Even with a competitive edge, Netflix lost 470,000 subscribers to their disc-by-mail option this past quarter alone, ending June 30. This brings total subscribers down from 8 million to just over 7.5 million. This marks the largest downturn in subscribers to the disc rental subscription since 2011, when Netflix lost 800,000 members after the price change. The good news is that Netflix was able to turn a profit of $109 million, which is a 47 percent margin for discs. The streaming-only business model, interestingly enough, only generated a 22.5% margin of profit.
Through it all, Netflix CEO Reed Hastings is still committed to mailing you DVDs should you choose that option. However, with Redbox Instant by Verizon stepping up with an ability to allow you to rent four discs at a time, along with unlimited streaming to over 5,000 shows and movies, it appears some stiff competition isn't just waiting in the wings - it's here, waiting for Netflix to counter the attack. Redbox, of course, is only $7.99 for both of those services combined, where that same $8 only gets you disc rentals from Netflix now.
B. Riley & Co. analyst Eric Wold commented shortly after the earnings call about the new game in town,
We continue to believe that the $8 combo disc/streaming subscription plan offered by Redbox Instant will represent an attractive option to Netflix DVD-only subscribers that are paying the same price for disc access only. Nevertheless, we take this trend reversal with Netflix DVD-only subscribers as an optimistic sign that Redbox Instant is already having a competitive impact on the industry.
Could Redbox signify the tide turning for the successful endeavor that is Netflix? As always, competition breeds innovation and gives companies the reason to push the envelope, where otherwise they would not take such a risk. I'm excited to see where this war will go, as Redbox has, at least by the numbers, been the only real competition that has hit Netflix where it hurts: in their profit-and-loss statement.
Samsung has been becoming a major player in the mobile space for some time now. Over the past few years, more and more people are picking up Samsung products and the company has created a very loyal following of both consumers and developers. That being said, Samsung has finally decided it wants to fit in with the rest of the big boys and host its own developer conference in order to appeal to the mass amount of developers who support their products.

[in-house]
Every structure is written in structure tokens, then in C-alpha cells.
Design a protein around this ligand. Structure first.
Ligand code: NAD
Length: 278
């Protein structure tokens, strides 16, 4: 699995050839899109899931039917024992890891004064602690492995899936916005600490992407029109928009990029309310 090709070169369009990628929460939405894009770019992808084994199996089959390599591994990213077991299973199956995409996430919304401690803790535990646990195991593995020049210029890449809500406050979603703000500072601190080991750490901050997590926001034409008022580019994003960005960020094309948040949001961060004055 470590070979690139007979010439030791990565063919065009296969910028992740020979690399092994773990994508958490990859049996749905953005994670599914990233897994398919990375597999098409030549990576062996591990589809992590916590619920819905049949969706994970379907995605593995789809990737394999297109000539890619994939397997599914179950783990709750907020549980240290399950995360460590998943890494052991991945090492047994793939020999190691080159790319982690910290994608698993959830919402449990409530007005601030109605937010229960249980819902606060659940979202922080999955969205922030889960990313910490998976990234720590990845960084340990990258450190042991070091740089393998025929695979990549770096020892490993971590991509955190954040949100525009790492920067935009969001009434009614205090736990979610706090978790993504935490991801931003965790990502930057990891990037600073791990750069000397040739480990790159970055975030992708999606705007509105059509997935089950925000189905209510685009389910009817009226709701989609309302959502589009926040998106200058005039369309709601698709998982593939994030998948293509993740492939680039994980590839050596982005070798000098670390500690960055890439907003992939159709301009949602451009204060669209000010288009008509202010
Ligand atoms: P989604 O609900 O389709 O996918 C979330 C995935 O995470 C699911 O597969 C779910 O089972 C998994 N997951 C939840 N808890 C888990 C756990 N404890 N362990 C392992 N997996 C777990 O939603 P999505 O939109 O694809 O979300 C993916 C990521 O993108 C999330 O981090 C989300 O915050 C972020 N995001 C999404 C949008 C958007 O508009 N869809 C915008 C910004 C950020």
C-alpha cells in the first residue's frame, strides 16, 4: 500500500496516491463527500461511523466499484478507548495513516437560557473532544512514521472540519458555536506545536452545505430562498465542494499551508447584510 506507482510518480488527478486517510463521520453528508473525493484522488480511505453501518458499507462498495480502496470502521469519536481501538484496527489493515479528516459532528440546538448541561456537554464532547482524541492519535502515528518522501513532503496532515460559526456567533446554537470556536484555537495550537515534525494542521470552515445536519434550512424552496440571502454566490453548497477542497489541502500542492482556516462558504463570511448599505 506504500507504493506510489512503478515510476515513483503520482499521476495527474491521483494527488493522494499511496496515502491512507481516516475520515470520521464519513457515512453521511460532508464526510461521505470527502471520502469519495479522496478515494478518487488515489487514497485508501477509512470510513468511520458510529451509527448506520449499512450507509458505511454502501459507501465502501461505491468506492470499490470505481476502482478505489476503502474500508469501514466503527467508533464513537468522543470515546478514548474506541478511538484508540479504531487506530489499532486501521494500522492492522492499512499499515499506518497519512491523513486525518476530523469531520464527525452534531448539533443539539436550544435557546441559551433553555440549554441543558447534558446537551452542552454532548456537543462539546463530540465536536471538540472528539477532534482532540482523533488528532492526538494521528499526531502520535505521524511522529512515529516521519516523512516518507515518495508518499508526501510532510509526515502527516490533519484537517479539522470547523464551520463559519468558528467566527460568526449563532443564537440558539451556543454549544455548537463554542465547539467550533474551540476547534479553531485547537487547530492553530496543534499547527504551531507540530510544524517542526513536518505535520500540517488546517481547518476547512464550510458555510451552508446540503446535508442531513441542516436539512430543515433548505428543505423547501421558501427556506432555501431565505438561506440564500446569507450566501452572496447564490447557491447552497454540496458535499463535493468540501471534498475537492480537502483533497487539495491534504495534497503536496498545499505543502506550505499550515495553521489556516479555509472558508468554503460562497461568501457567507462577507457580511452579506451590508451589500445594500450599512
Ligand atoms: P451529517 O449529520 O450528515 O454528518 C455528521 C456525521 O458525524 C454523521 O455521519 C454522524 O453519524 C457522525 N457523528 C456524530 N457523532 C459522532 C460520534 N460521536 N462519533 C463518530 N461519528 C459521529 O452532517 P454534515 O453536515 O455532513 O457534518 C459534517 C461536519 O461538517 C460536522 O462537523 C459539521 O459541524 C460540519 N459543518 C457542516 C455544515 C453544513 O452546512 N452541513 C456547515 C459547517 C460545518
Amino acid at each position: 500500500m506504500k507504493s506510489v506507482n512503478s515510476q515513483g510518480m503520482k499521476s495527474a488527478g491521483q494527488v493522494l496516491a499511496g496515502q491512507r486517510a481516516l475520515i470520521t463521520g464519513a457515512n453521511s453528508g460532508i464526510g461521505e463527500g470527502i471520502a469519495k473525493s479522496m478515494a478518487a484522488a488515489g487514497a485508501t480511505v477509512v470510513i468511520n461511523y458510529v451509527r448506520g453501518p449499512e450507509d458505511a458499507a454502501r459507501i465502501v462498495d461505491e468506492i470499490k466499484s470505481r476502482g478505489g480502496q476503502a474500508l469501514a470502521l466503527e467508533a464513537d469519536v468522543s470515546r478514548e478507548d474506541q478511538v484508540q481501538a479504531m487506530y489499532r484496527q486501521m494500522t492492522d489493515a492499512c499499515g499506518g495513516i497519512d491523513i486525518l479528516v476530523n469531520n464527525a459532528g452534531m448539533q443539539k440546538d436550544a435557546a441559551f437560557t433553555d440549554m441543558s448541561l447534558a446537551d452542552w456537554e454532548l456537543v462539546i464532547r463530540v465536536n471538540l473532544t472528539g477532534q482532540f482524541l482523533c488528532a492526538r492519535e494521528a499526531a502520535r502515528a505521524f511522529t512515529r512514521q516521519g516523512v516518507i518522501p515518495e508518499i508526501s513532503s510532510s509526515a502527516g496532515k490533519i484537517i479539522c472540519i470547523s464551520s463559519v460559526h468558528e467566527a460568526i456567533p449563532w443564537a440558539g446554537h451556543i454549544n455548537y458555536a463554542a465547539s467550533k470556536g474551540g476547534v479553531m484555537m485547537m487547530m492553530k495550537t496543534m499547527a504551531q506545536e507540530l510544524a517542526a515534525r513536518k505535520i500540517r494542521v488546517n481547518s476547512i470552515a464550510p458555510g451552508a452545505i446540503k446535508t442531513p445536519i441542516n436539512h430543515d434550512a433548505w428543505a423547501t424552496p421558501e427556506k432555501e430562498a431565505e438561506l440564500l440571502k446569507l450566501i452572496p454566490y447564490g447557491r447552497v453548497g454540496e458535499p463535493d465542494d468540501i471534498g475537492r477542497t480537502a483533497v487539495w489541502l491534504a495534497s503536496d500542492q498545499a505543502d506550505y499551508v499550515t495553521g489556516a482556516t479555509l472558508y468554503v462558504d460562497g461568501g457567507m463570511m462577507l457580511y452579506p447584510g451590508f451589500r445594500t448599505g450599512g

Following the footsteps of Microsoft, Google, AT&T and Apple, the Samsung Developer Conference will take place for the first time this year. Announced this week, the event will be held in, sadly, San Francisco from October 27 to the 29th at the Westin St. Francis. As of right now, registration is not available but you can sign up for an email alert to be notified when it will go live, which will be sometime later this summer. Also, there's no details on what to expect of the conference yet, at least to the public. Samsung says they will announce sessions, guests and other details in the near future and that all of Samsung's products will be covered at the event, so it won't be just focused on phones and tablets. I'd love to know the one developer who signs up to learn about the Samsung washer and dryer SDK.
In comparison to the rest of the popular crowd, Apple and Google usually get about 5,000 attendees each year and Microsoft sees far more than that at Build. The Westin St. Francis has 34 rooms for conferences and a Grand Ballroom with capacity for 1,100 people, so we'll have to see how many developers Samsung can pack into that hotel for their event.
All things considered, it's probably a good idea for Samsung to be starting a conference of their own, as they do have a wide variety of products and services. However, seeing as though they don't own their own dominant operating system, and instead simply provide their services on other interfaces, I'm not sure if the turnout will be what they expect. While Bada is their own operating system, it really doesn't have the attention nor marketshare to deserve its own conference. With Windows and Android being the only two main interfaces to discuss, it seems a little redundant that they would host an event to cover them a second time.
Comparatively, AT&T hosts their own conference and tends to attract both the attention and respect to make it a worthwhile event. Perhaps it is the fact that it occurs at the same time as CES. At any rate, I think a lot of people will become confused as to what the purpose of the conference is for, and fans and loyalist will get mad that they can't attend. Sort of like E3. Perhaps it'll all work out in the end though, and I do have high hopes for the event as a whole, as it'll bring more awareness to Samsung's offerings that aren't Galaxy-named.